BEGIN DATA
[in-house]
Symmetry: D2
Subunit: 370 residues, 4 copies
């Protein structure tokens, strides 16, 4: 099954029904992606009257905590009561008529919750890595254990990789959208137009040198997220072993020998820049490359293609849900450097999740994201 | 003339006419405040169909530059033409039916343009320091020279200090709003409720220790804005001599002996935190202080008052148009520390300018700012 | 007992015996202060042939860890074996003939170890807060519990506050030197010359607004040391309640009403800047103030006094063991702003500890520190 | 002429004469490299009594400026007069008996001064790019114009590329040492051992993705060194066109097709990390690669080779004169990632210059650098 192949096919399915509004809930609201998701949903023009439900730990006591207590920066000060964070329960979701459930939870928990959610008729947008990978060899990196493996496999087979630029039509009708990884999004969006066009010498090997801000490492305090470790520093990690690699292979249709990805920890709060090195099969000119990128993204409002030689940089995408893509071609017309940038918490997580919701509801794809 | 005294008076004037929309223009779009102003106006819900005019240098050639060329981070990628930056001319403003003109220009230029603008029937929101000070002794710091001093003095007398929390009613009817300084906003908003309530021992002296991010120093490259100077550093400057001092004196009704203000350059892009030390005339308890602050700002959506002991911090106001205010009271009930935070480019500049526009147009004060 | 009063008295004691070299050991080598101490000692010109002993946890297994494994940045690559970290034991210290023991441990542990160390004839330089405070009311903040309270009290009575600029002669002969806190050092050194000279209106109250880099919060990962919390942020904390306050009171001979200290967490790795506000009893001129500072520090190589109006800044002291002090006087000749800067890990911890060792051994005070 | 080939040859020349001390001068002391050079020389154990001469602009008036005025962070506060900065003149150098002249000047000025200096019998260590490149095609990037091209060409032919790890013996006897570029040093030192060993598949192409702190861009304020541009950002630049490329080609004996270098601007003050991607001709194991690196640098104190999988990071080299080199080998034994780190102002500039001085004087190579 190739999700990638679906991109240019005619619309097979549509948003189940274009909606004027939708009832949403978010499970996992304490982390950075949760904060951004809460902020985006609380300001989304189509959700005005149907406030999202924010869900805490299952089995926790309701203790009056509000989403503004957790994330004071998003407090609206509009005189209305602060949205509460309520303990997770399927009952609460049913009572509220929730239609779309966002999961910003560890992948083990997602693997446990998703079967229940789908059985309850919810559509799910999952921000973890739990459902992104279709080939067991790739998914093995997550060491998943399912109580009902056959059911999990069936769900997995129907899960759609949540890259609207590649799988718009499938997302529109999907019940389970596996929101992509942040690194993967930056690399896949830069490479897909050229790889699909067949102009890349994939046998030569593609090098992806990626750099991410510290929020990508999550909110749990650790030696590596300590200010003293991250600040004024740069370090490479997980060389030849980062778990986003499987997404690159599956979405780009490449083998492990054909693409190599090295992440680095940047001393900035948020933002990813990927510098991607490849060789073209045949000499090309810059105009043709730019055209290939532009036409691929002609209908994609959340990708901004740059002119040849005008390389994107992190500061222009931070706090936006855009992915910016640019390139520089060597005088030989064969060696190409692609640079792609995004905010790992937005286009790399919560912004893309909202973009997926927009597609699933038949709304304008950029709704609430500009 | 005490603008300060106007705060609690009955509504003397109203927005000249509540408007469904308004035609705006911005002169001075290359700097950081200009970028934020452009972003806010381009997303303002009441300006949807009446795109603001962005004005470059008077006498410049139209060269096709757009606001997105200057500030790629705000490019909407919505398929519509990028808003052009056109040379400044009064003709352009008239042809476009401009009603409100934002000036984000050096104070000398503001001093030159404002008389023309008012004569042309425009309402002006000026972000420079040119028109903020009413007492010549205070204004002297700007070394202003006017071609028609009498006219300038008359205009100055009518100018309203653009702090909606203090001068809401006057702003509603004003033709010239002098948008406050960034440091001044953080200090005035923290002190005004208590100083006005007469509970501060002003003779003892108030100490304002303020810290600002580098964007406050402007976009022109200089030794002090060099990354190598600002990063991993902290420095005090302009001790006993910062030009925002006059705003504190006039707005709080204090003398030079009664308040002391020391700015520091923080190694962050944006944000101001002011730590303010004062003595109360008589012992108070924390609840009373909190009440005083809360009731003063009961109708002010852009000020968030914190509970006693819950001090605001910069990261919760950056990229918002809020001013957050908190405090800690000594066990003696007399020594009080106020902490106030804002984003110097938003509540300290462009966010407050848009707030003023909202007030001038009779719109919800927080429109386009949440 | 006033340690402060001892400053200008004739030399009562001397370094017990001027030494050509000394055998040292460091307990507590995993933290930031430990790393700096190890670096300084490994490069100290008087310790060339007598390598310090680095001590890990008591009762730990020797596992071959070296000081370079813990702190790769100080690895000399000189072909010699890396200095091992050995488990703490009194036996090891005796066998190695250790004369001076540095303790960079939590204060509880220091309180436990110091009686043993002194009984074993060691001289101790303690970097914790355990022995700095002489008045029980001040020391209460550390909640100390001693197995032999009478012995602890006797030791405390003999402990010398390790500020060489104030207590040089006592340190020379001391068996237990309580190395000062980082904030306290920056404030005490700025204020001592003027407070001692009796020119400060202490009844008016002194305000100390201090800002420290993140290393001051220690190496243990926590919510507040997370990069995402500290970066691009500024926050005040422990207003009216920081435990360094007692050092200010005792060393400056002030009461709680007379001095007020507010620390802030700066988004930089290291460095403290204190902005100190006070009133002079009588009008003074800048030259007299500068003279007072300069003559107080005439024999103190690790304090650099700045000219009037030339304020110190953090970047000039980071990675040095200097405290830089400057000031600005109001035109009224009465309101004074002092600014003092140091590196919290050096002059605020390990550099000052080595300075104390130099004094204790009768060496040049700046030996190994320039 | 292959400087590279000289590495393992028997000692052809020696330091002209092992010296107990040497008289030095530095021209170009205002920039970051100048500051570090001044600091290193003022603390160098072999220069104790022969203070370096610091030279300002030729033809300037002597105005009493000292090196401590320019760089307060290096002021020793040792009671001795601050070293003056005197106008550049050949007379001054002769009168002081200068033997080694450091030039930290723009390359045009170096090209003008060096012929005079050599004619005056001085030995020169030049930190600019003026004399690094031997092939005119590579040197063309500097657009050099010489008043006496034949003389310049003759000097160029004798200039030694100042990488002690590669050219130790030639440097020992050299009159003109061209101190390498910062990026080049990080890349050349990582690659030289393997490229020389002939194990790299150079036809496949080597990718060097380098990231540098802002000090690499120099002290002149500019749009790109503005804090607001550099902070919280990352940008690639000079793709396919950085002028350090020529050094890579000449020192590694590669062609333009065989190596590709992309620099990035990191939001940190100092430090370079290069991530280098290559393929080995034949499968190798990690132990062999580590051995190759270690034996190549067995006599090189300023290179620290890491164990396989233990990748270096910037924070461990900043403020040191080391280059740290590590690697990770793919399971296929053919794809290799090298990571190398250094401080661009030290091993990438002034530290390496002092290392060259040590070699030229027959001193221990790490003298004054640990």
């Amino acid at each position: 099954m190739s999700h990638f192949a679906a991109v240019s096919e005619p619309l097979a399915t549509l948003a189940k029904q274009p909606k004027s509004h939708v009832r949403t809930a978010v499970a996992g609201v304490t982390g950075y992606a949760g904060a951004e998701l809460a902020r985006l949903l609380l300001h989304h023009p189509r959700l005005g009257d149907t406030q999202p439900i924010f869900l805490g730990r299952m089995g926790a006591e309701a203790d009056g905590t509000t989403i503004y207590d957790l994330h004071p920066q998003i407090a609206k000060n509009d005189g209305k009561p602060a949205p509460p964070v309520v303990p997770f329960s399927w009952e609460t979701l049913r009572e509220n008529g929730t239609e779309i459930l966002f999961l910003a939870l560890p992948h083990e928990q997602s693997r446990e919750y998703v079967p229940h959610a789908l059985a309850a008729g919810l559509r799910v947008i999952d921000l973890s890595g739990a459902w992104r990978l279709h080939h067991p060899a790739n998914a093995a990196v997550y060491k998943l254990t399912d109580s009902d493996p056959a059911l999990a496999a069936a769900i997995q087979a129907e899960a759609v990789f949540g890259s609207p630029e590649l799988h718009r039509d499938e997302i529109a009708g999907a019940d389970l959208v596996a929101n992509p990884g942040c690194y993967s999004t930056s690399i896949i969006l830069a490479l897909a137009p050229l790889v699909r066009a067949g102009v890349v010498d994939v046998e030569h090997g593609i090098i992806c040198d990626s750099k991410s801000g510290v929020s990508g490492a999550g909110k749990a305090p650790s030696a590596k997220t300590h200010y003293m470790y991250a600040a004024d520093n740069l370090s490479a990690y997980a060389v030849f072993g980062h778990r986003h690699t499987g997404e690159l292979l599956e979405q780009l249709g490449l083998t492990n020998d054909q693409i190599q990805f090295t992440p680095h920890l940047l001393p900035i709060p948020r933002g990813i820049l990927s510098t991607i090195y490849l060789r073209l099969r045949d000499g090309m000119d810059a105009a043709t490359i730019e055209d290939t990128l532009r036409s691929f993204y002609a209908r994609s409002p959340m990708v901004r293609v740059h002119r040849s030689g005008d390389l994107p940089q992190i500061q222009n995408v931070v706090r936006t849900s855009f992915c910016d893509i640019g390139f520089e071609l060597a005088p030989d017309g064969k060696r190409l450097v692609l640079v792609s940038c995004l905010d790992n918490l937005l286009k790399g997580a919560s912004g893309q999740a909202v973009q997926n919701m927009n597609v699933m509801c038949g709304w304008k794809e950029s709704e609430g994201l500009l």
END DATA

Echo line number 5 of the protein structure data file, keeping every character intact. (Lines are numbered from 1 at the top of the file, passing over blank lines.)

């Amino acid at each position: 099954m190739s999700h990638f192949a679906a991109v240019s096919e005619p619309l097979a399915t549509l948003a189940k029904q274009p909606k004027s509004h939708v009832r949403t809930a978010v499970a996992g609201v304490t982390g950075y992606a949760g904060a951004e998701l809460a902020r985006l949903l609380l300001h989304h023009p189509r959700l005005g009257d149907t406030q999202p439900i924010f869900l805490g730990r299952m089995g926790a006591e309701a203790d009056g905590t509000t989403i503004y207590d957790l994330h004071p920066q998003i407090a609206k000060n509009d005189g209305k009561p602060a949205p509460p964070v309520v303990p997770f329960s399927w009952e609460t979701l049913r009572e509220n008529g929730t239609e779309i459930l966002f999961l910003a939870l560890p992948h083990e928990q997602s693997r446990e919750y998703v079967p229940h959610a789908l059985a309850a008729g919810l559509r799910v947008i999952d921000l973890s890595g739990a459902w992104r990978l279709h080939h067991p060899a790739n998914a093995a990196v997550y060491k998943l254990t399912d109580s009902d493996p056959a059911l999990a496999a069936a769900i997995q087979a129907e899960a759609v990789f949540g890259s609207p630029e590649l799988h718009r039509d499938e997302i529109a009708g999907a019940d389970l959208v596996a929101n992509p990884g942040c690194y993967s999004t930056s690399i896949i969006l830069a490479l897909a137009p050229l790889v699909r066009a067949g102009v890349v010498d994939v046998e030569h090997g593609i090098i992806c040198d990626s750099k991410s801000g510290v929020s990508g490492a999550g909110k749990a305090p650790s030696a590596k997220t300590h200010y003293m470790y991250a600040a004024d520093n740069l370090s490479a990690y997980a060389v030849f072993g980062h778990r986003h690699t499987g997404e690159l292979l599956e979405q780009l249709g490449l083998t492990n020998d054909q693409i190599q990805f090295t992440p680095h920890l940047l001393p900035i709060p948020r933002g990813i820049l990927s510098t991607i090195y490849l060789r073209l099969r045949d000499g090309m000119d810059a105009a043709t490359i730019e055209d290939t990128l532009r036409s691929f993204y002609a209908r994609s409002p959340m990708v901004r293609v740059h002119r040849s030689g005008d390389l994107p940089q992190i500061q222009n995408v931070v706090r936006t849900s855009f992915c910016d893509i640019g390139f520089e071609l060597a005088p030989d017309g064969k060696r190409l450097v692609l640079v792609s940038c995004l905010d790992n918490l937005l286009k790399g997580a919560s912004g893309q999740a909202v973009q997926n919701m927009n597609v699933m509801c038949g709304w304008k794809e950029s709704e609430g994201l500009l």